I used to make movies. Ten years working on local Utah sets, many of them my own, in capacities ranging from actor to working behind the camera in producer or assistant director roles. I won awards in college, fell in love with the creation and seeing a project through to the end, and I developed some meaningful relationships. But, there came a day when I needed to hang up the hat and move on.
That moment came abruptly, and unbeknownst to me. When it did, however, it took all of four seconds for me to say, “Ok. It’s time to leave that behind.” There was no internal debate. No second-guessing. I had no crisis of self at any point thereafter pushing me back into the fold of film. I ended a career cold turkey, without much of an eye-blink at all.
And let me tell you, the weight that lifted off my shoulders on the fifth second was astounding. I had no idea it was there. One moment I was looking into my next audition or interview, and then the next I was relaxed and laying on the floor with a smile on my face.
I was baffled concerning how happy I felt. Only God had known what was needed, and His guidance and questions led me to something I had never before considered.
For all the reasons why this was the case, and why I’ve stuck to this decision, I wish to concentrate on one primarily. This one reason accents perfectly why I continue to do improv, and why improv keeps me more than just afloat. With improv, I’m able to enjoy the water, and sometimes even rise above it.
Because in improv, we only succeed when we’re having fun and making the other person look good.
One of the saddest aspects of the film industry, and a growing concern in the world’s climate is that the majority of people don’t believe in helping each other, and almost everyone thinks that what they have to offer and provide is the most critical piece of what is happening. For a movie specifically, this is ironic, considering that they’re comprised of so many working parts, that when one person fails the entire machine suffers. A movie, literally, is a business that one person cannot do alone effectively. Only when the selfless unite does anything of worth get accomplished.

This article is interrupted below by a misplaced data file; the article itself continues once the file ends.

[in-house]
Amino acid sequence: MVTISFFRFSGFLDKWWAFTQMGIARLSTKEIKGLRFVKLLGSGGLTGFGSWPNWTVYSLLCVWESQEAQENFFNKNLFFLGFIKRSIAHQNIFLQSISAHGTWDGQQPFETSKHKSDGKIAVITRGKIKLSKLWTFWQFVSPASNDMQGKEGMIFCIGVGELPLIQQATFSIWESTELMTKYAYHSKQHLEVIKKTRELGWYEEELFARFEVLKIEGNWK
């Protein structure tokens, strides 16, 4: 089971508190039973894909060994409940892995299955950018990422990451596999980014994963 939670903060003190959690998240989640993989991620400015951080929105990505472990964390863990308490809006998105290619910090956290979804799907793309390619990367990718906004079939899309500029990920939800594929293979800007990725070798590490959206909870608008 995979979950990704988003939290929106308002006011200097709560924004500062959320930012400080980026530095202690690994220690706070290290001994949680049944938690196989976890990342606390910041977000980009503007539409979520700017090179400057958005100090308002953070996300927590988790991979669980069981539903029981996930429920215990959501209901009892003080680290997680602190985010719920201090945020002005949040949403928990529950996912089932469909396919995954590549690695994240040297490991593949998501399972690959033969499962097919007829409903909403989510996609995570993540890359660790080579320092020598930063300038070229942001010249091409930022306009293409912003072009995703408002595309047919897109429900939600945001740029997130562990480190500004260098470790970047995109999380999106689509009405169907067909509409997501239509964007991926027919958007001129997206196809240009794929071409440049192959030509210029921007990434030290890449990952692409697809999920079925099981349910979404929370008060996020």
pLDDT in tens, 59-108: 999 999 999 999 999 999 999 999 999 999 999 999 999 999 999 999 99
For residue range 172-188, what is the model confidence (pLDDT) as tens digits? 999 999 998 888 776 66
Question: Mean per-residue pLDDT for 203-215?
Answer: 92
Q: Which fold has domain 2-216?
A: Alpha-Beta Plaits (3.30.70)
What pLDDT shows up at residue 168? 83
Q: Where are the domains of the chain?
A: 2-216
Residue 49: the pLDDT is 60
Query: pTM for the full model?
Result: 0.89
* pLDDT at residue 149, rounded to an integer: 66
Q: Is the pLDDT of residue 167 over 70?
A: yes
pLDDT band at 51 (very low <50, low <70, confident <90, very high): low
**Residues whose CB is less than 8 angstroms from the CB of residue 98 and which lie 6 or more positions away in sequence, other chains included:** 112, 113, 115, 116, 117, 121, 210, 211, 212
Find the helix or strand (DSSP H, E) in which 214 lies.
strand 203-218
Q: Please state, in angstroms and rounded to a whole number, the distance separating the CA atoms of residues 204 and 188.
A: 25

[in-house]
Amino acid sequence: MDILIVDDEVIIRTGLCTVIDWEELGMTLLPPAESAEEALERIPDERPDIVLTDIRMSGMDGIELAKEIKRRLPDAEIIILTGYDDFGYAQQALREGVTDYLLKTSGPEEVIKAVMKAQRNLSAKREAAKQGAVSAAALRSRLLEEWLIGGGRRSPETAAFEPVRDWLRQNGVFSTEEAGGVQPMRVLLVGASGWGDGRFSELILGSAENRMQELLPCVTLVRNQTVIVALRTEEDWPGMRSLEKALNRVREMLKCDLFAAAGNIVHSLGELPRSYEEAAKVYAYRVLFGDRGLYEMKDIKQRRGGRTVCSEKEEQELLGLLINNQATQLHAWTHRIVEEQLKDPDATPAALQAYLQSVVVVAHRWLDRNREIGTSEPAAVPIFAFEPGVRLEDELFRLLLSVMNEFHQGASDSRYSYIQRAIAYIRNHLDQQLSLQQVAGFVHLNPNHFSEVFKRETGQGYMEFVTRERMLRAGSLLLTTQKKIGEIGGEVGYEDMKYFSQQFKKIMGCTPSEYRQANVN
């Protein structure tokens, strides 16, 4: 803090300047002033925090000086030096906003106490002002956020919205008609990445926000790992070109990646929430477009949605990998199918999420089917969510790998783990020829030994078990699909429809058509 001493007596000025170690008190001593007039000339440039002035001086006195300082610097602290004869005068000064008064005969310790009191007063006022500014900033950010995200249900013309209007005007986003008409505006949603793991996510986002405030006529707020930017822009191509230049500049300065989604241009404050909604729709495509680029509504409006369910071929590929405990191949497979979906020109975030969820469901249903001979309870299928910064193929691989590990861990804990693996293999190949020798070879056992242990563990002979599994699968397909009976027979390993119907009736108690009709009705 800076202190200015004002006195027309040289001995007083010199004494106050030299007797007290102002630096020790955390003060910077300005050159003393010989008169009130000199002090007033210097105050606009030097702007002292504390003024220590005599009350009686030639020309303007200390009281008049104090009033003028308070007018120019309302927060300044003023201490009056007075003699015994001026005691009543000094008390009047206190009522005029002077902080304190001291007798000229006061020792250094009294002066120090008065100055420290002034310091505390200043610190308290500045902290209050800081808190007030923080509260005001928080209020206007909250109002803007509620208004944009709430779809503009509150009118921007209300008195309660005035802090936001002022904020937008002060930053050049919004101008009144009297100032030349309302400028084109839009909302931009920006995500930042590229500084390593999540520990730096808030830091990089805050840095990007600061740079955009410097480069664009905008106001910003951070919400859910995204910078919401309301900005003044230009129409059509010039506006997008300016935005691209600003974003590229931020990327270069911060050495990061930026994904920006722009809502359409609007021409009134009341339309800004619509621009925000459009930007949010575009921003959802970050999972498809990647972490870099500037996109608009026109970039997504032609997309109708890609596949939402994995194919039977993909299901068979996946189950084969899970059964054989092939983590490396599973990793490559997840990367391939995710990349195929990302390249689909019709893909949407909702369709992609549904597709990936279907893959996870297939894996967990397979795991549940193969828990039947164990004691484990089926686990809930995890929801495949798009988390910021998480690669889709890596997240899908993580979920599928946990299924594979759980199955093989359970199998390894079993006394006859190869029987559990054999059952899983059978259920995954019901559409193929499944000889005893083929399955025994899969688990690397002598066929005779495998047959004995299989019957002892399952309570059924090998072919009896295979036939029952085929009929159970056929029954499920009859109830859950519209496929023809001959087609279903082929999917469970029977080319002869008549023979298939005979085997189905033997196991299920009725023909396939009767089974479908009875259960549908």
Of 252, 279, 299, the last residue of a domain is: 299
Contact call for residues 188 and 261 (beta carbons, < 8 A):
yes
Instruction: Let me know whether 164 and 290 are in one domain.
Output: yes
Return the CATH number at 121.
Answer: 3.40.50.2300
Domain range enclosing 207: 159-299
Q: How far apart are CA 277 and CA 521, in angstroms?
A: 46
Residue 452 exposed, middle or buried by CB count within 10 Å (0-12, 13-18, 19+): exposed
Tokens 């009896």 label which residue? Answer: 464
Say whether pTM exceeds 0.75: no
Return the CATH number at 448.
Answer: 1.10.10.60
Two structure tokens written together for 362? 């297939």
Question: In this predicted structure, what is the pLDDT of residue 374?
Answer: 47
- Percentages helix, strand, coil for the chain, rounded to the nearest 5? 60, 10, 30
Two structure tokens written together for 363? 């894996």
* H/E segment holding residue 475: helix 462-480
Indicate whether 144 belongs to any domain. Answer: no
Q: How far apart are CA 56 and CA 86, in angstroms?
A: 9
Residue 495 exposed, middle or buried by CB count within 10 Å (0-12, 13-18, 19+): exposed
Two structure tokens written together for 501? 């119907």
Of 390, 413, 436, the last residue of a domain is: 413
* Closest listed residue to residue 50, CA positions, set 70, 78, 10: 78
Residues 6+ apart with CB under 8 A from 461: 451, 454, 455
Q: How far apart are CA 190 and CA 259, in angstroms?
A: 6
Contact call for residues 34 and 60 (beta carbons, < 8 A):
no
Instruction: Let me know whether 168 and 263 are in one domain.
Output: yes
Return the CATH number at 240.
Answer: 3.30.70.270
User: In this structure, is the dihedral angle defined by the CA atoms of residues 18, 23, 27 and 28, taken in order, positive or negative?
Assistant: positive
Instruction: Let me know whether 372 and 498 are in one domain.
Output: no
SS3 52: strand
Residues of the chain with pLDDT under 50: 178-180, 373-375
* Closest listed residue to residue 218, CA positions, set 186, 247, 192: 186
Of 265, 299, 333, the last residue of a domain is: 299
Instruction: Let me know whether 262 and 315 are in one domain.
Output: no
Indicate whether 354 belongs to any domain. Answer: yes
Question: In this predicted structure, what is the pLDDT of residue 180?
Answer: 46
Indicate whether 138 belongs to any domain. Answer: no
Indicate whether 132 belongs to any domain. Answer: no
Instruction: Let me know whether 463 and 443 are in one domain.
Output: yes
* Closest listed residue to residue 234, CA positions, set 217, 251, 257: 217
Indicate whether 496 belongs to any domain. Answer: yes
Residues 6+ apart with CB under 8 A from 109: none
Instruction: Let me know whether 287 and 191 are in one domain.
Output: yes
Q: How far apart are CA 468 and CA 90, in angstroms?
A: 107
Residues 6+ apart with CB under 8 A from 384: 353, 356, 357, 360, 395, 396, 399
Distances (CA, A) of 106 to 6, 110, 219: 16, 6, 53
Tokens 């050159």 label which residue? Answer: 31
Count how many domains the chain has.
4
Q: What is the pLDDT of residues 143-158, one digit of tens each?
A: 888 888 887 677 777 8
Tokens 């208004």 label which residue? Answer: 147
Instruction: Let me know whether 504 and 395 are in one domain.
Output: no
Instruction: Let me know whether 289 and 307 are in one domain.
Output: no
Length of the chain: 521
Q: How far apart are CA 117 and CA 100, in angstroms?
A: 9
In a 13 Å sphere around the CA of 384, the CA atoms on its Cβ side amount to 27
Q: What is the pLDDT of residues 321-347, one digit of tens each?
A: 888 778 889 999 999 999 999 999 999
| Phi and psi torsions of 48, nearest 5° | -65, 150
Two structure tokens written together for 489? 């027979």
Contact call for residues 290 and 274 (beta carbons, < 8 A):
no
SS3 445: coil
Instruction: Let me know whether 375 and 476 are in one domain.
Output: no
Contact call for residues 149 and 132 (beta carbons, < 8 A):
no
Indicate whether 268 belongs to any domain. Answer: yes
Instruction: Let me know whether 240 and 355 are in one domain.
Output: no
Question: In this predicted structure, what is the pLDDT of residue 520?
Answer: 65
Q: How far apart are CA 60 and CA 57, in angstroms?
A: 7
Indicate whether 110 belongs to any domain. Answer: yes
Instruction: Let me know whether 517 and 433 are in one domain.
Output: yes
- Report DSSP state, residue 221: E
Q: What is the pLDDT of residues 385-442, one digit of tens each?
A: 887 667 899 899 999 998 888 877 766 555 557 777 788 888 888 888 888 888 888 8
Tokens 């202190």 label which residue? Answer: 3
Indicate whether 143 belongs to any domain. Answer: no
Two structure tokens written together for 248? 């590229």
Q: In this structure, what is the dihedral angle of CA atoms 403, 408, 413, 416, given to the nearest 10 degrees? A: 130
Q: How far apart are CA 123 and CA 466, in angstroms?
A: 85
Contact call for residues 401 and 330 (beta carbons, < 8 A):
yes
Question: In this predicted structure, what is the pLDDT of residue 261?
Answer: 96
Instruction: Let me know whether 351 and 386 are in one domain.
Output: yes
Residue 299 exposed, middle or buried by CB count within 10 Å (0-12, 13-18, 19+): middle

But for however many reasons that exist to these people, so many of them don’t believe or don’t practice that.
That night I said goodbye I was allowed to make a profound choice and change in my life. This choice led to feeling this heavy load of something I loved so much taken away that resulted in a resounding fact that hit me like a sack of bricks. This selfishness, and proud ignorance in people is what will never entice me back into the realm of film again. But I’m still left with everything else. Herein come the optimism and light.
But real quick, for a much-needed disclaimer, not everyone is like this. And towards the latter end of my time in the film industry, I was able to find people who possessed integrity and laughter, who understood not to take themselves too seriously, and who worked hard to encourage and support those around them. These are so few and far between, though, that the prospect of facing the muck and mucous of this world with every new project dissuades me from being willing.